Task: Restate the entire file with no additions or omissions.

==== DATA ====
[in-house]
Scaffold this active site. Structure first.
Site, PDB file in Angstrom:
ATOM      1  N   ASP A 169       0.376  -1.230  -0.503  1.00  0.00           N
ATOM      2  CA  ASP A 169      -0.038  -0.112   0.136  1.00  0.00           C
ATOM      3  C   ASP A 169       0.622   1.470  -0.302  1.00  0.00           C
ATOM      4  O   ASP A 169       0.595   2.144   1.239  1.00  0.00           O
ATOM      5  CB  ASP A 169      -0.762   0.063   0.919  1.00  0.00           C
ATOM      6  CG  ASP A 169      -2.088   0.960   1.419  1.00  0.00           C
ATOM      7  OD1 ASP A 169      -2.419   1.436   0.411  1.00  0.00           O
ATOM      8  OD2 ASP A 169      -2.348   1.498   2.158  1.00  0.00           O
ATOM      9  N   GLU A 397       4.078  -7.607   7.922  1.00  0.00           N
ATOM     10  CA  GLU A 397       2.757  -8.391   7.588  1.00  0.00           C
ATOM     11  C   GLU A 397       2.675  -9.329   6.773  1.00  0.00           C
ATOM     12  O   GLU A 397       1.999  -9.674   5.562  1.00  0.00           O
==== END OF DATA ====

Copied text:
[in-house]
Scaffold this active site. Structure first.
Site, PDB file in Angstrom:
ATOM      1  N   ASP A 169       0.376  -1.230  -0.503  1.00  0.00           N
ATOM      2  CA  ASP A 169      -0.038  -0.112   0.136  1.00  0.00           C
ATOM      3  C   ASP A 169       0.622   1.470  -0.302  1.00  0.00           C
ATOM      4  O   ASP A 169       0.595   2.144   1.239  1.00  0.00           O
ATOM      5  CB  ASP A 169      -0.762   0.063   0.919  1.00  0.00           C
ATOM      6  CG  ASP A 169      -2.088   0.960   1.419  1.00  0.00           C
ATOM      7  OD1 ASP A 169      -2.419   1.436   0.411  1.00  0.00           O
ATOM      8  OD2 ASP A 169      -2.348   1.498   2.158  1.00  0.00           O
ATOM      9  N   GLU A 397       4.078  -7.607   7.922  1.00  0.00           N
ATOM     10  CA  GLU A 397       2.757  -8.391   7.588  1.00  0.00           C
ATOM     11  C   GLU A 397       2.675  -9.329   6.773  1.00  0.00           C
ATOM     12  O   GLU A 397       1.999  -9.674   5.562  1.00  0.00           O